Senate Minority Leader Mitch McConnell on Tuesday continued his criticism of a congressional commission to look into the January 6 attack on the U.S. Capitol, calling it a "purely political exercise."
During a press conference, McConnell noted that Democrats already voted to impeach former President Donald Trump over what they said was his role in inspiring the attack — and those who have been charged with participating in the attack are set to face trial, Mediaite reported.
"So what would an additional report be about?" McConnell said.
Democrats, McConnell said, just want to keep "litigat[ing] the former president." He said the commission is a purely political exercise that adds nothing to the sum total of information."
"All of these aspects of it are being dealt with in one way or another already," McConnell said.
The House already has approved a bipartisan commission, with 35 Republicans joining with Democrats. Approval in the Senate seems far less likely, with the GOP poised to filibuster the action. Sixty votes would be needed, and the Senate is currently split 50-50 between the parties.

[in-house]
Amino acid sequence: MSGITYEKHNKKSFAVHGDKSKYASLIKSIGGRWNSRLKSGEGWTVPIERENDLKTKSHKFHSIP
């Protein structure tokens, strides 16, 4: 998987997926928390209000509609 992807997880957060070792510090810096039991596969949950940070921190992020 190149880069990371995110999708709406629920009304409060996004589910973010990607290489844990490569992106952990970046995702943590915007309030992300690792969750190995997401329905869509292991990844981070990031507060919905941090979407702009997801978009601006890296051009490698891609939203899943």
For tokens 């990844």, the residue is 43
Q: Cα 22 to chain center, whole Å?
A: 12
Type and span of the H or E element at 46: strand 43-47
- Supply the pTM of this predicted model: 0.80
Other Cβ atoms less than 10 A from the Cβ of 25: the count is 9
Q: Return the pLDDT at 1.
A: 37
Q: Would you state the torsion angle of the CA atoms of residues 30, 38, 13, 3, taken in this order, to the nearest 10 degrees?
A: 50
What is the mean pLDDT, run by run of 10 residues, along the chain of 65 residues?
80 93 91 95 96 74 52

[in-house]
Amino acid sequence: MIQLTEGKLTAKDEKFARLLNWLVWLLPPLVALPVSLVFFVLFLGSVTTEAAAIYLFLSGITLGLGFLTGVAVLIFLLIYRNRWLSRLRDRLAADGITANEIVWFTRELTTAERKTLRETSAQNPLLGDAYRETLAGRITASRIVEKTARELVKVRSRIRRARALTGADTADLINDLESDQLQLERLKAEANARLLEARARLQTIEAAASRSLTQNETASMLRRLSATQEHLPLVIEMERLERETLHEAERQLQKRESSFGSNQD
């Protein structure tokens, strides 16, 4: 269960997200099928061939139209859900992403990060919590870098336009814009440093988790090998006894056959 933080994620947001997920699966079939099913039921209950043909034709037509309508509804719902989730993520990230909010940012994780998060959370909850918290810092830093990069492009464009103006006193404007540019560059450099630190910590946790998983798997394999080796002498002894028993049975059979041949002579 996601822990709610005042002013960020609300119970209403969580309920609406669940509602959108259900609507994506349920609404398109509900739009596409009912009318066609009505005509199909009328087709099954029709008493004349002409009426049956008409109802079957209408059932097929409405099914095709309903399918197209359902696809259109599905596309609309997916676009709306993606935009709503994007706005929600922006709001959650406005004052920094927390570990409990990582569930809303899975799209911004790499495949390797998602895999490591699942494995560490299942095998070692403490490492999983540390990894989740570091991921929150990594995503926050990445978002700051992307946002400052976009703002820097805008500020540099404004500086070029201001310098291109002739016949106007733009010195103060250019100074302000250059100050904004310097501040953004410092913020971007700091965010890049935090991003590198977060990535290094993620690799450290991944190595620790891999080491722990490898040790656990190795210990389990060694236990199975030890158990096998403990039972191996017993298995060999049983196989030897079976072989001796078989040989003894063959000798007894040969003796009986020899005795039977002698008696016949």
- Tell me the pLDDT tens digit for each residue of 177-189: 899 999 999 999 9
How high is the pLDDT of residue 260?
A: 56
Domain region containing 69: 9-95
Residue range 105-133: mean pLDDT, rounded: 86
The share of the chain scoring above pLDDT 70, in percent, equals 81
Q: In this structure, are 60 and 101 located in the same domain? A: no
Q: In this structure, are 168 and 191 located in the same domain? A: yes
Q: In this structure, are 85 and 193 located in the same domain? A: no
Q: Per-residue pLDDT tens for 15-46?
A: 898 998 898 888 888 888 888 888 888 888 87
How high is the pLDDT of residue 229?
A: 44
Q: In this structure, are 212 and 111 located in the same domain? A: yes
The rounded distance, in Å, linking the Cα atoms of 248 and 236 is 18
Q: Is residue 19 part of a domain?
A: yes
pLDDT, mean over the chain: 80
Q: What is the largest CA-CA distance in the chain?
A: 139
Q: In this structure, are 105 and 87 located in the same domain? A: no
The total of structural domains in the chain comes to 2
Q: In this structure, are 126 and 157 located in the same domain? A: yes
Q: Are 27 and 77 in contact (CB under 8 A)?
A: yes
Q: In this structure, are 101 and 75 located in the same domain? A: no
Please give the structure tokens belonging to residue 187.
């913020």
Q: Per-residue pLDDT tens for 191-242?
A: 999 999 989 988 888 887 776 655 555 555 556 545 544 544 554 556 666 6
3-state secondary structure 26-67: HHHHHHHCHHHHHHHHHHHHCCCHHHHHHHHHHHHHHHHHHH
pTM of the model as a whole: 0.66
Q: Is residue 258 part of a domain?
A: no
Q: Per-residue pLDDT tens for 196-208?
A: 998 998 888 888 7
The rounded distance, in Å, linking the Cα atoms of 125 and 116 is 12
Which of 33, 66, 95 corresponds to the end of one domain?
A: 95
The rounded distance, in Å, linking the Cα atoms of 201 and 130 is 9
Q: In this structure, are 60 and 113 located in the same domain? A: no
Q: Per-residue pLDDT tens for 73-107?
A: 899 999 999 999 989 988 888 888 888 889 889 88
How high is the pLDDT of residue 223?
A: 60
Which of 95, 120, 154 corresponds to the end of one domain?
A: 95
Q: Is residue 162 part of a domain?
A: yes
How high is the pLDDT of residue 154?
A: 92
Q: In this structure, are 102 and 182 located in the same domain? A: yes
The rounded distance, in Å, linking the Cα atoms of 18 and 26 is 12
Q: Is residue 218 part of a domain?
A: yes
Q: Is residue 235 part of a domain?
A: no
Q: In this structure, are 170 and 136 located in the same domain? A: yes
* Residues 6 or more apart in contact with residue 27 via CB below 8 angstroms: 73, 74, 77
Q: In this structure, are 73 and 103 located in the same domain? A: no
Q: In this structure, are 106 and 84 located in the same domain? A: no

Still, Senate talks to create a commission have been ongoing.
Republican Sen. Susan Collins and Democratic Sen. Joe Manchin are leading the informal talks, according to two people familiar with the effort. The talks are, for now, focused on two issues that Republican senators have cited for their opposition to the House-passed legislation to create the commission — ensuring that the panel's staff is evenly split between the parties and making sure the commission's work does not spill over into the midterm election year.
Collins and Manchin have traded potential changes to the bill and have consulted with other senators as part of the effort, according to the two people and another person with knowledge of the negotiations. The three people spoke on condition of anonymity to discuss the private talks.
The House bill already attempts to address those two issues, requiring the Democratic-appointed chair to consult with Republicans when hiring staff, and setting an end date of Dec. 31, 2021, for the commission to issue its findings. And the commissioners would be evenly split between the parties, with five Democrats and five Republicans. But many Republicans have still said they don’t trust it will be a bipartisan effort, threatening the chances of a truly independent look at the violent attack on the Capitol by a mob of former President Donald Trump’s supporters.
The Associated Press contributed to this report.
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